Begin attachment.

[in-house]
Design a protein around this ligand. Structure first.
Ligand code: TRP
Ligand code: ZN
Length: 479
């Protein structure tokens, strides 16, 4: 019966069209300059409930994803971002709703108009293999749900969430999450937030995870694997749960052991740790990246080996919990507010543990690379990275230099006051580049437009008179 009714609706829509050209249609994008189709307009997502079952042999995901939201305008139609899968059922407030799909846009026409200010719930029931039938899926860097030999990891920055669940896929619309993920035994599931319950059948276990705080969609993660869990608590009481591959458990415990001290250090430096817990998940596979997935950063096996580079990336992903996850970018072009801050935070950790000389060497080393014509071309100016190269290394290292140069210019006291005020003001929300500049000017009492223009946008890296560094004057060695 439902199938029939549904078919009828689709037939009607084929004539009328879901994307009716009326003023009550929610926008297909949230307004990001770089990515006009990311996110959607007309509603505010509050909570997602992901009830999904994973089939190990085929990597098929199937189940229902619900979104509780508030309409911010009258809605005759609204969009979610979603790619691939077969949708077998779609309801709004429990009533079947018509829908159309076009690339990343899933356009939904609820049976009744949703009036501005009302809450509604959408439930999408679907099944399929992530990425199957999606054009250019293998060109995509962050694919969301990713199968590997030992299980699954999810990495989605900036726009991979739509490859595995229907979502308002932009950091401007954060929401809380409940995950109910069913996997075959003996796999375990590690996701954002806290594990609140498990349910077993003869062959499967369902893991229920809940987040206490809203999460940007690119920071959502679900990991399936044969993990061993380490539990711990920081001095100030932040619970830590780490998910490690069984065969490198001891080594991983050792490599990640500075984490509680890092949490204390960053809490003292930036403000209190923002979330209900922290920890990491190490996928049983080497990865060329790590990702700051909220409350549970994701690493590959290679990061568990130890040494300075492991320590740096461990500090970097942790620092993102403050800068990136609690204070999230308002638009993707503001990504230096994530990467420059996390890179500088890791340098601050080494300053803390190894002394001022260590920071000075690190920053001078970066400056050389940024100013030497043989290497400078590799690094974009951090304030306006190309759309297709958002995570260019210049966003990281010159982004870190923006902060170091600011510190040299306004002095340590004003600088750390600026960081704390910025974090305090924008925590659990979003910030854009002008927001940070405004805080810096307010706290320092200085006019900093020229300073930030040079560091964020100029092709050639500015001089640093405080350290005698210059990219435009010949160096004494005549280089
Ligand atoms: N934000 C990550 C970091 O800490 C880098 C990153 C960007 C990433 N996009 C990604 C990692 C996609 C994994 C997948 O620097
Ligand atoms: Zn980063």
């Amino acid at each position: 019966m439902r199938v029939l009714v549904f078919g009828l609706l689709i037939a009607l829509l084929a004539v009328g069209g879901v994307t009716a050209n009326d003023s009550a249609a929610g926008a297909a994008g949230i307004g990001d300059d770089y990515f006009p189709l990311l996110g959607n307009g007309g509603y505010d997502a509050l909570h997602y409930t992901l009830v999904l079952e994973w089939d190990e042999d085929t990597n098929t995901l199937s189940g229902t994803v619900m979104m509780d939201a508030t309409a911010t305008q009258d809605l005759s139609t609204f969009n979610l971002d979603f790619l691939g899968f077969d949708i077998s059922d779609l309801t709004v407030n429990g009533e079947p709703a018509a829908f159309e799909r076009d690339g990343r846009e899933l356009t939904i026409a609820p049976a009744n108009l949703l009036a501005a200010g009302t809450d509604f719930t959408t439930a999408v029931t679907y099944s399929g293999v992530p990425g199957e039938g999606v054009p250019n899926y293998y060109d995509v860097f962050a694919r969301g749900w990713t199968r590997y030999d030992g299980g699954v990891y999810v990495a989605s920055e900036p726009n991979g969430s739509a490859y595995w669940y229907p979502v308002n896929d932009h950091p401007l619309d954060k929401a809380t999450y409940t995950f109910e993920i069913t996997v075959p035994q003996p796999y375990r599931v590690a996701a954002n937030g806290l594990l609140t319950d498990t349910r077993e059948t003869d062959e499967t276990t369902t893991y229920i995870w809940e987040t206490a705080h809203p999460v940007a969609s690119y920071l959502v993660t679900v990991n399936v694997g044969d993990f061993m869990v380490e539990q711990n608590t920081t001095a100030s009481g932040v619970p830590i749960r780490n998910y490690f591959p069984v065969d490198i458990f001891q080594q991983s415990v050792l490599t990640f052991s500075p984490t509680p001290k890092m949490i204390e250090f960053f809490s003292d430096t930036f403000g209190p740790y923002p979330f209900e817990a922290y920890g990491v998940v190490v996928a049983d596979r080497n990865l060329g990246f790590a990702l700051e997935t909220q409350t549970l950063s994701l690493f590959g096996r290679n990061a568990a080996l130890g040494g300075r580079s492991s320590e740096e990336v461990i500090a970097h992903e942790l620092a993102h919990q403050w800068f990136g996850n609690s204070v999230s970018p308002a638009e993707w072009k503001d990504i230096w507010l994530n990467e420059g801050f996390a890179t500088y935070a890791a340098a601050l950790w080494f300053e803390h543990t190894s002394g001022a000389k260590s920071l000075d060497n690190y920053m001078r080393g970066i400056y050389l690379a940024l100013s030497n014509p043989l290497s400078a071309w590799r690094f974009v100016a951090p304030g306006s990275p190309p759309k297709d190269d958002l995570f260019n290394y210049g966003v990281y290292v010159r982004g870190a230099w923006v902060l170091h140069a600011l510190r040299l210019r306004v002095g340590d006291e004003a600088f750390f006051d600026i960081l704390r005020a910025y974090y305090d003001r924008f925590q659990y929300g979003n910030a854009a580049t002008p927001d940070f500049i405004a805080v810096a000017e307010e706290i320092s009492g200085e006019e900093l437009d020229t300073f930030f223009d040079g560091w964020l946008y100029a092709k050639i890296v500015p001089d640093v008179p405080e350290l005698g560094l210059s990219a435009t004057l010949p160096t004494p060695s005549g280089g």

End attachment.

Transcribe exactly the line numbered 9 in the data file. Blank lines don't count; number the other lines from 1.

């Amino acid at each position: 019966m439902r199938v029939l009714v549904f078919g009828l609706l689709i037939a009607l829509l084929a004539v009328g069209g879901v994307t009716a050209n009326d003023s009550a249609a929610g926008a297909a994008g949230i307004g990001d300059d770089y990515f006009p189709l990311l996110g959607n307009g007309g509603y505010d997502a509050l909570h997602y409930t992901l009830v999904l079952e994973w089939d190990e042999d085929t990597n098929t995901l199937s189940g229902t994803v619900m979104m509780d939201a508030t309409a911010t305008q009258d809605l005759s139609t609204f969009n979610l971002d979603f790619l691939g899968f077969d949708i077998s059922d779609l309801t709004v407030n429990g009533e079947p709703a018509a829908f159309e799909r076009d690339g990343r846009e899933l356009t939904i026409a609820p049976a009744n108009l949703l009036a501005a200010g009302t809450d509604f719930t959408t439930a999408v029931t679907y099944s399929g293999v992530p990425g199957e039938g999606v054009p250019n899926y293998y060109d995509v860097f962050a694919r969301g749900w990713t199968r590997y030999d030992g299980g699954v990891y999810v990495a989605s920055e900036p726009n991979g969430s739509a490859y595995w669940y229907p979502v308002n896929d932009h950091p401007l619309d954060k929401a809380t999450y409940t995950f109910e993920i069913t996997v075959p035994q003996p796999y375990r599931v590690a996701a954002n937030g806290l594990l609140t319950d498990t349910r077993e059948t003869d062959e499967t276990t369902t893991y229920i995870w809940e987040t206490a705080h809203p999460v940007a969609s690119y920071l959502v993660t679900v990991n399936v694997g044969d993990f061993m869990v380490e539990q711990n608590t920081t001095a100030s009481g932040v619970p830590i749960r780490n998910y490690f591959p069984v065969d490198i458990f001891q080594q991983s415990v050792l490599t990640f052991s500075p984490t509680p001290k890092m949490i204390e250090f960053f809490s003292d430096t930036f403000g209190p740790y923002p979330f209900e817990a922290y920890g990491v998940v190490v996928a049983d596979r080497n990865l060329g990246f790590a990702l700051e997935t909220q409350t549970l950063s994701l690493f590959g096996r290679n990061a568990a080996l130890g040494g300075r580079s492991s320590e740096e990336v461990i500090a970097h992903e942790l620092a993102h919990q403050w800068f990136g996850n609690s204070v999230s970018p308002a638009e993707w072009k503001d990504i230096w507010l994530n990467e420059g801050f996390a890179t500088y935070a890791a340098a601050l950790w080494f300053e803390h543990t190894s002394g001022a000389k260590s920071l000075d060497n690190y920053m001078r080393g970066i400056y050389l690379a940024l100013s030497n014509p043989l290497s400078a071309w590799r690094f974009v100016a951090p304030g306006s990275p190309p759309k297709d190269d958002l995570f260019n290394y210049g966003v990281y290292v010159r982004g870190a230099w923006v902060l170091h140069a600011l510190r040299l210019r306004v002095g340590d006291e004003a600088f750390f006051d600026i960081l704390r005020a910025y974090y305090d003001r924008f925590q659990y929300g979003n910030a854009a580049t002008p927001d940070f500049i405004a805080v810096a000017e307010e706290i320092s009492g200085e006019e900093l437009d020229t300073f930030f223009d040079g560091w964020l946008y100029a092709k050639i890296v500015p001089d640093v008179p405080e350290l005698g560094l210059s990219a435009t004057l010949p160096t004494p060695s005549g280089g």